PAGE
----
Inov-8 X-Talon™ 212 Review

Time Off?

Its been a busy week for me since Ironman Switzerland. After a week off with a couple of easy runs on muscle sore legs I had to move apartment the following weekend which was to put it mildly, a very physically and mentally demanding exercise.

Luckily I am off work this week and I have spent most of it recovering, sleeping an average of 11 hours per night and exploring my new gemeinde, Horgen. Located on the southwest of the Zurisee I as you can see below I am living even closer to the Alps which will make the winter even more interesting with the mountains and all the winter sports more accessible than before!

But. Back to business. I have been sponsored by Inov-8 Running for the last few months. I discovered Inov8 while back in Ireland and getting into hill running. I do 90% of my running training on trails. I prefer them for a number of reasons, the obvious one is being closer to nature and away from the hustle and bustle of traffic. I like to explore and I like the adventure that comes with discovering new territory. I also run throughout the winter here and at night too with a headtorch which makes it even more imperative that the shoes I use are ones I can trust which is the journey that brought me here:

But who are Inov-8?

This video should help

Different Strokes for Different Folks – Trust Your Equipment

Different conditions and terrain require different types of running shoes. Some shoes are better on dry rock, some are better on wet rock but useless on wet grass. So Inov-8 recognizing this, have developed a huge range of shoes each serving a different purpose. I am not saying that you should buy a shoe for each type of terrain you might run on, but at least identify what terrain you are most likely to be running on (rock, gravel, fell, grass) and depending on your running style and desired comfort zone, find the shoe that matches here

Sole Quality and Downhilling

Its one thing to be able to run up a hill fast, but a completely other thing to be able to run downhill fast. Watch any of the top trail runners and the speed with which they decend is astonishing. Of course, there is a technique to downhill running which doesnt compromise the health of your knee joints, its a rolling motion and your centre of gravity should be closer to the ground, leaning forward contrary to your instinct telling you to lean backwards.

Another factor in downhill speed, is of course, GRIP. One thing I have noticed in the past about certain brands of x-terrain shoes is the quality of the rubber and how quickly it deteriorates. I found that after 3 months of use with certain other brands of trail shoes, I no longer had grip on downhills and would slip quite a lot (not cool when you have been racing for 15 hours and the last thing you want is to be sliding around like crazy).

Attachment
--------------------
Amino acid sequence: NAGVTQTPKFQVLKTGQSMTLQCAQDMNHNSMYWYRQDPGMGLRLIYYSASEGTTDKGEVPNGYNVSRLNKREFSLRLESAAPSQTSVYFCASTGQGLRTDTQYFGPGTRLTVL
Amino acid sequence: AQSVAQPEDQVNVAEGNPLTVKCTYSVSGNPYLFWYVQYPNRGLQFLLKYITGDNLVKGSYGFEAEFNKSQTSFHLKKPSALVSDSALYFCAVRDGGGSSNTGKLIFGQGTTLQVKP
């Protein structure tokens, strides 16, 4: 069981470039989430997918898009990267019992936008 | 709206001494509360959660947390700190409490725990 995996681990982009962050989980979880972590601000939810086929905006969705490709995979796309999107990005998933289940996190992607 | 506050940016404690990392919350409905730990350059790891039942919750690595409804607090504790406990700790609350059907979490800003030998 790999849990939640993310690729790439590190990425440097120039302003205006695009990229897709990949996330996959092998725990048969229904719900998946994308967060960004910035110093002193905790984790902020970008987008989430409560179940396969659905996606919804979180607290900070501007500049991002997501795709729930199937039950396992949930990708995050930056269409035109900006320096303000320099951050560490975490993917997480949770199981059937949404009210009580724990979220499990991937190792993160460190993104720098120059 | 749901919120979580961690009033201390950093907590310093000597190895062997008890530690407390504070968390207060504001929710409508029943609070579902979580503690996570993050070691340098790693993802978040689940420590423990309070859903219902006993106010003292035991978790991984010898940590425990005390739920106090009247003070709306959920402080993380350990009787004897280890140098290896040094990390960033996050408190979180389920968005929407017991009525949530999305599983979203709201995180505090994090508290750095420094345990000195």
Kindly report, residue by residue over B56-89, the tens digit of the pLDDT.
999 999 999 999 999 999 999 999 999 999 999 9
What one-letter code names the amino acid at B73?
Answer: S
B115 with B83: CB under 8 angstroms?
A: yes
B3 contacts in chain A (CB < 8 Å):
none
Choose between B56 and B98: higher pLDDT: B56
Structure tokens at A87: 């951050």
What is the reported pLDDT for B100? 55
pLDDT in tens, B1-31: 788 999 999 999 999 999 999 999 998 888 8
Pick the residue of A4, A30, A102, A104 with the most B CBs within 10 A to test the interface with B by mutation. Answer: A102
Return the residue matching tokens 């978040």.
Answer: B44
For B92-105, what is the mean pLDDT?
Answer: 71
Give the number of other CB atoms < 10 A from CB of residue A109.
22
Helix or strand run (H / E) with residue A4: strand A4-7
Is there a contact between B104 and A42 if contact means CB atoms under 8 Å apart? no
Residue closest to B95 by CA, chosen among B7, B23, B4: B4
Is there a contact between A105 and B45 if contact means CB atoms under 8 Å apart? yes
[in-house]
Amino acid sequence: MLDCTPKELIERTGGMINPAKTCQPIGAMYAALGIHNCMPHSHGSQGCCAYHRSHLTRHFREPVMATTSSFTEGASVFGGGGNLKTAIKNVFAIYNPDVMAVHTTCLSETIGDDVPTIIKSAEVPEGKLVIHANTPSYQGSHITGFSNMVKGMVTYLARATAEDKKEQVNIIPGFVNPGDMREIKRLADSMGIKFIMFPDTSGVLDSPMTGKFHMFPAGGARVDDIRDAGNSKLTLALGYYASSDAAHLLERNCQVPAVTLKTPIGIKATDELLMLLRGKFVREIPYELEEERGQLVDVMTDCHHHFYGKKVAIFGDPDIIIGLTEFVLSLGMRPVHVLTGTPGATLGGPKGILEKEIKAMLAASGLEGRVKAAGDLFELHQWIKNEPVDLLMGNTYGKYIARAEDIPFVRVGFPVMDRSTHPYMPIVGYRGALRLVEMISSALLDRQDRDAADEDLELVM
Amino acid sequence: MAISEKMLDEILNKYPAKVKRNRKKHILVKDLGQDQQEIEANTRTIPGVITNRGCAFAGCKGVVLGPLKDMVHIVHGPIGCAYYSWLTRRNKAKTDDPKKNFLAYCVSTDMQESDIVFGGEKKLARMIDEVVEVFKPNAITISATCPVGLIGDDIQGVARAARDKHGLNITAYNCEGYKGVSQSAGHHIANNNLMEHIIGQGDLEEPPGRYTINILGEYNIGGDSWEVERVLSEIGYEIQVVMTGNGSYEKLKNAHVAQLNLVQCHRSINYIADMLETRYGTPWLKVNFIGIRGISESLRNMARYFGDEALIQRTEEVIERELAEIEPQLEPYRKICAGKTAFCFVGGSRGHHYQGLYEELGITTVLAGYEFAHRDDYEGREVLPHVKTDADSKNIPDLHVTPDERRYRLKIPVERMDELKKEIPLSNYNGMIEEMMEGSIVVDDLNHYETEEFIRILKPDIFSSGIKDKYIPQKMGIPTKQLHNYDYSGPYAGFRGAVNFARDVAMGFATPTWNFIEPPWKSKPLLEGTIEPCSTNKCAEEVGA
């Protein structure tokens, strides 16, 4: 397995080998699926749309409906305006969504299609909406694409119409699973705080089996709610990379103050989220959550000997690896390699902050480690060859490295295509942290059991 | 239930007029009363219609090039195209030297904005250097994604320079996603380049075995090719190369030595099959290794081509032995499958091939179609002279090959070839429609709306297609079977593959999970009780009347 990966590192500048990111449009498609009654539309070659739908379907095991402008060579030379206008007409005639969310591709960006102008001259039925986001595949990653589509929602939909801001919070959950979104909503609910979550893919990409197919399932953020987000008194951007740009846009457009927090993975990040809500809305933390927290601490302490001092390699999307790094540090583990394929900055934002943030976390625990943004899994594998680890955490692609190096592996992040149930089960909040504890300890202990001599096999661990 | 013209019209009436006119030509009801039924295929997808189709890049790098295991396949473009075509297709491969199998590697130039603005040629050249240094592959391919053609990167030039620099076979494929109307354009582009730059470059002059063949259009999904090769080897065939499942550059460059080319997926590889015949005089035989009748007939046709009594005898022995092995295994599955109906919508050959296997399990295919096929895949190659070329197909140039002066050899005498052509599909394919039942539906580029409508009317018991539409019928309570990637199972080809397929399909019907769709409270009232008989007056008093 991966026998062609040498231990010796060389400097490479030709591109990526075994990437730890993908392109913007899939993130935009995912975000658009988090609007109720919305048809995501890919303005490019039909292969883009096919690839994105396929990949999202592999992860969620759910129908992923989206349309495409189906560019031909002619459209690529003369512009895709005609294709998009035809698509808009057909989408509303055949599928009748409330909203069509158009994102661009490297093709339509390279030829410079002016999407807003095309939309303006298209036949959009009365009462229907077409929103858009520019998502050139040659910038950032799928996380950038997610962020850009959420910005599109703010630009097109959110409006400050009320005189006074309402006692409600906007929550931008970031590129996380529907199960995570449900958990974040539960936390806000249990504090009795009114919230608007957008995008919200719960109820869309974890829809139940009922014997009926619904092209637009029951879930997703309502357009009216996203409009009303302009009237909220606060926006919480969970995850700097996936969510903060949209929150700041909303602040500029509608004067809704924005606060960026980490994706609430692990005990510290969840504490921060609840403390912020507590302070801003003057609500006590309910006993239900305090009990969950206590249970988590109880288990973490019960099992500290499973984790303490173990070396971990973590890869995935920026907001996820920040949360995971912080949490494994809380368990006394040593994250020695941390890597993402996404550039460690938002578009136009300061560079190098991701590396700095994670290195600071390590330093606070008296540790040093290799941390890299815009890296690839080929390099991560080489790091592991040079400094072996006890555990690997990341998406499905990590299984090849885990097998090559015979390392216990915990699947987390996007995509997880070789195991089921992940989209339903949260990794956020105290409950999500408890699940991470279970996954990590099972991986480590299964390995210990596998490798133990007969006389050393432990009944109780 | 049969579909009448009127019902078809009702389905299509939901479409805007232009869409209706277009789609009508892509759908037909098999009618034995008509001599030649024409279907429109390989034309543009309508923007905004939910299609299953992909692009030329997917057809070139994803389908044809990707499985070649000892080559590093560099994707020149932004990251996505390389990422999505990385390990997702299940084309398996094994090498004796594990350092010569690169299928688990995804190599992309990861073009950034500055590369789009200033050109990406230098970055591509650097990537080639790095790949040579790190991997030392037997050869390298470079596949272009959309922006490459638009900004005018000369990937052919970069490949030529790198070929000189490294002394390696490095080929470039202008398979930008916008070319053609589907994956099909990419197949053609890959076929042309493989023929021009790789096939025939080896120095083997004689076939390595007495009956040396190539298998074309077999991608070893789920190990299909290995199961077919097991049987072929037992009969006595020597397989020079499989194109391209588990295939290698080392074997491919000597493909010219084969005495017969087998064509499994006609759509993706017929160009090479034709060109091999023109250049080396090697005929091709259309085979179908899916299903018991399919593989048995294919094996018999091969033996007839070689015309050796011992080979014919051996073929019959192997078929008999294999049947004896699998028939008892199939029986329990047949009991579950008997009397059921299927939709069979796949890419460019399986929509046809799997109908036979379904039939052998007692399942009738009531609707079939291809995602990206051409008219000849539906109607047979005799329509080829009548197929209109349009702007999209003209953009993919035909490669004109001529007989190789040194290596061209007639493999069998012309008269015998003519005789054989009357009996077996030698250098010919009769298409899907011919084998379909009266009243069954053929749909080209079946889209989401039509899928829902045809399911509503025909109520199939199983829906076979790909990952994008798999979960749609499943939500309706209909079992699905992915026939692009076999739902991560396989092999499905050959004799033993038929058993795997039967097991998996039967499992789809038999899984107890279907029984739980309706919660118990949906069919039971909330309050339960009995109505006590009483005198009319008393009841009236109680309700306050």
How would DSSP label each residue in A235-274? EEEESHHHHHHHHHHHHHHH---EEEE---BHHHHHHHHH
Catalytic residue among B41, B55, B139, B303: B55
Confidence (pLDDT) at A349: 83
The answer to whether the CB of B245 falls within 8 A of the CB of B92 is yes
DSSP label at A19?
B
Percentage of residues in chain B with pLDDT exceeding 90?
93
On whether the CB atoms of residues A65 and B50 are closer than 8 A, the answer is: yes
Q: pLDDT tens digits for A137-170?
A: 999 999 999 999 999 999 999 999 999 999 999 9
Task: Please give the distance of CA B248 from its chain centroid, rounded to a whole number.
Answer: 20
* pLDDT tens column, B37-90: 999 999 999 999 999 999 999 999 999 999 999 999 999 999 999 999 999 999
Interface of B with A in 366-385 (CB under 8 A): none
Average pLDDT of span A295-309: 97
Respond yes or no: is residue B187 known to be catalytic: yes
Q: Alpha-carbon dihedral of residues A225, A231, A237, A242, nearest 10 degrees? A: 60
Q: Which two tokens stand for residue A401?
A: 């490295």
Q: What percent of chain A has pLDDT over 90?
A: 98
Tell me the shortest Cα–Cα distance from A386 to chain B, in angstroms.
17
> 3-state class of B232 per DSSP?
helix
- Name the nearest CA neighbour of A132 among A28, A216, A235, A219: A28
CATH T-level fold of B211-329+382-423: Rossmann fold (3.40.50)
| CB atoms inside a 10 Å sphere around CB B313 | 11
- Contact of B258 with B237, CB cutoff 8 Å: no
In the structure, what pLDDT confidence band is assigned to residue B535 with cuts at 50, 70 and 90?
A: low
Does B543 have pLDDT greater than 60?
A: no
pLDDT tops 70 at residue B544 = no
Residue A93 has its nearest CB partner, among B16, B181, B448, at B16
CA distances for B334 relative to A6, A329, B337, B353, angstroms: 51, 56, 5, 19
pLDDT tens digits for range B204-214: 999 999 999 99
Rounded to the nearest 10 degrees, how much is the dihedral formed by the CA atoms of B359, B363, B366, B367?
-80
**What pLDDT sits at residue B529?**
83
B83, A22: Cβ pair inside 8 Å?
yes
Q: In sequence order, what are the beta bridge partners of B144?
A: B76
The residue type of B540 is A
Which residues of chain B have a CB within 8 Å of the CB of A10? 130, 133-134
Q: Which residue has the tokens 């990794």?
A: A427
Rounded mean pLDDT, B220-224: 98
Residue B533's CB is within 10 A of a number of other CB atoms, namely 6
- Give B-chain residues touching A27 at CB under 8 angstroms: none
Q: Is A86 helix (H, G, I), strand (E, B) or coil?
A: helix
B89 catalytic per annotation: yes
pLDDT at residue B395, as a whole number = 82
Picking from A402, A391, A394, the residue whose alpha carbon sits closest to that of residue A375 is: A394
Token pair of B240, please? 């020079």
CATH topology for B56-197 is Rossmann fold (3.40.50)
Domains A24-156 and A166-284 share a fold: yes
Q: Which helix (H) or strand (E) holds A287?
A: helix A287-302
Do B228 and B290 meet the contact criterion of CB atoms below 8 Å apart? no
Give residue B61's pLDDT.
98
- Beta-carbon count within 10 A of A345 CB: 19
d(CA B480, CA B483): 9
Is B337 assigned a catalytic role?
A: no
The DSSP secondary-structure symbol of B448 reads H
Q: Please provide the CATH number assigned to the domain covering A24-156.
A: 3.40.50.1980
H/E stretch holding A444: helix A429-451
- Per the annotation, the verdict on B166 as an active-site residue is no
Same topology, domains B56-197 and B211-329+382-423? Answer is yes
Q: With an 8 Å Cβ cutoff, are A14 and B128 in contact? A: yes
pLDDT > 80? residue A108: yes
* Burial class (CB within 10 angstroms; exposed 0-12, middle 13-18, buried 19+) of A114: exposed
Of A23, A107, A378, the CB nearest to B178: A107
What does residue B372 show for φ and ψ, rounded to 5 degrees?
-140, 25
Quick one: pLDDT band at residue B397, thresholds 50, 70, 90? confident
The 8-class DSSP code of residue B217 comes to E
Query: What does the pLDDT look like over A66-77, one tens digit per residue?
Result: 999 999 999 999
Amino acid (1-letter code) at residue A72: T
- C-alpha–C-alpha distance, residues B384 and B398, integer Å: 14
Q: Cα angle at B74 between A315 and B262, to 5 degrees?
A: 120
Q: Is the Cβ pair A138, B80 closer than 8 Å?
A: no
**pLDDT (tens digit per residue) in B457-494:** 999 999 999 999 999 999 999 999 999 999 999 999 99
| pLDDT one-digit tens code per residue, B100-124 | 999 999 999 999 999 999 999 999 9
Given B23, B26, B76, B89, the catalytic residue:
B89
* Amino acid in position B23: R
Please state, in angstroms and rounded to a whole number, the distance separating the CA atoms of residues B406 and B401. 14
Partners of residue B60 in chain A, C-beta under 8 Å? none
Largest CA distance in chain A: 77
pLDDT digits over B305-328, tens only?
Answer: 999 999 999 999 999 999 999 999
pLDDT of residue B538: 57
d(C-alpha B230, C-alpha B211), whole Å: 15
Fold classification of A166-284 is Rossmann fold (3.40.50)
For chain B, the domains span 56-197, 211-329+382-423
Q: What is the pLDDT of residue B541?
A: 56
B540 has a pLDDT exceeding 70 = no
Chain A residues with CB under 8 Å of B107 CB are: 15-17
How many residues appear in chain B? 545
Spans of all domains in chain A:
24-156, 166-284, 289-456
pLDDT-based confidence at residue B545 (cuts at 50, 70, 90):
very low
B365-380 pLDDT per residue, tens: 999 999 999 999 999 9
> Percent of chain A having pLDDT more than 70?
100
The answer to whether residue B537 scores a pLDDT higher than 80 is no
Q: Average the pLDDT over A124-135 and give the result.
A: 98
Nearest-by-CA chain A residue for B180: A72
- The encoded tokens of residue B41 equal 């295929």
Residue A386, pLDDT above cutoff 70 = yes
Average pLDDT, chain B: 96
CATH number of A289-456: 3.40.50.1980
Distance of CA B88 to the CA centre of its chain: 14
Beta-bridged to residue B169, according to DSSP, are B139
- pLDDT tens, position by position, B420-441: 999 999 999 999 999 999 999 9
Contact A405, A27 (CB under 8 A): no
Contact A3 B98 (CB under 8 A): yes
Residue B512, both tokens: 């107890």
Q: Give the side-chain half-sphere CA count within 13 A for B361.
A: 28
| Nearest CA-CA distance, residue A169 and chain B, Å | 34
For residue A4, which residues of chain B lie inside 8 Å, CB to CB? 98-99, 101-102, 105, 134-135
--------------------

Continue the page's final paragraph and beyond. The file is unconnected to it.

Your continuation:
Since I have been using Inov-8 I havent had that problem. The rubber seems to maintain its traction and grippiness and I can trust them. In fact, I still have a 3-year-old pair that perform really well on the downhills.

Until now I had been using the Roclite 275 and the Mudlight 330 as I felt as though I needed a stiffer sole with more support for long adventure races and the like. However, in 2010 I really wanted to get rid of the orthotics in my shoes, focus on stretching my calf muscles and try to gain more flexibility and in turn develop a more natural running style with less dependency on gimmics and shoes that promise to do all sorts of things like correct your pronation etc. After reading “Born to Run” and talking to my ultra running friend Eoin Keith, surely the best way forward is developing a running style that is natural? Encouraging strong supportive muscle development and reducing the risk of injury? So after spending some time on exercises and flexibility and research on running style I graduated to the Inov-8 X-Talons

The Talons

The first time I put the talons on thought “these feel like track shoes, how am I going to run in these on tough terrain?” But it felt so good to have such close contact with the ground.

The knobs on the soles of the shoes are indeed, like talons. Each one separates your foot from what is underneath it like spikes. It is a hard feeling to describe. They are extremely flexible, they don’t offer much in the way of support, but running with them is like running without shoes, however you still feel protected by the little talons underneath your feet, working hard to absorb impact.


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